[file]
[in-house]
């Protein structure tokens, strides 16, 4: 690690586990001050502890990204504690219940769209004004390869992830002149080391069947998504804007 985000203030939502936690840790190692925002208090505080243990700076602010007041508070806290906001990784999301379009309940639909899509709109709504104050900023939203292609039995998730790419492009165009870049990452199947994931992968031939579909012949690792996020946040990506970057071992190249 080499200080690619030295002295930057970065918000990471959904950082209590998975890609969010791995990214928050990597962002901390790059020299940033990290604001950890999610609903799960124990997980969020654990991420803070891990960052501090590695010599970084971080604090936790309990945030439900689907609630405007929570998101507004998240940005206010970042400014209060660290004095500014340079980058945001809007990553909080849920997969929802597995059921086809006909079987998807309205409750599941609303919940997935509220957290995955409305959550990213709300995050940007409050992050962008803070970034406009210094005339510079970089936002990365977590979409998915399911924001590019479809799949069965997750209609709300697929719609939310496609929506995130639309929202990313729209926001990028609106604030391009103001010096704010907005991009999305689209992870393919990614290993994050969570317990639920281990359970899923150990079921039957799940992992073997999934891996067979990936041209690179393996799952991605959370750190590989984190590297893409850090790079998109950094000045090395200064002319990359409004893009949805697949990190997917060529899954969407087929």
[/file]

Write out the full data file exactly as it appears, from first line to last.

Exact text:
[in-house]
């Protein structure tokens, strides 16, 4: 690690586990001050502890990204504690219940769209004004390869992830002149080391069947998504804007 985000203030939502936690840790190692925002208090505080243990700076602010007041508070806290906001990784999301379009309940639909899509709109709504104050900023939203292609039995998730790419492009165009870049990452199947994931992968031939579909012949690792996020946040990506970057071992190249 080499200080690619030295002295930057970065918000990471959904950082209590998975890609969010791995990214928050990597962002901390790059020299940033990290604001950890999610609903799960124990997980969020654990991420803070891990960052501090590695010599970084971080604090936790309990945030439900689907609630405007929570998101507004998240940005206010970042400014209060660290004095500014340079980058945001809007990553909080849920997969929802597995059921086809006909079987998807309205409750599941609303919940997935509220957290995955409305959550990213709300995050940007409050992050962008803070970034406009210094005339510079970089936002990365977590979409998915399911924001590019479809799949069965997750209609709300697929719609939310496609929506995130639309929202990313729209926001990028609106604030391009103001010096704010907005991009999305689209992870393919990614290993994050969570317990639920281990359970899923150990079921039957799940992992073997999934891996067979990936041209690179393996799952991605959370750190590989984190590297893409850090790079998109950094000045090395200064002319990359409004893009949805697949990190997917060529899954969407087929």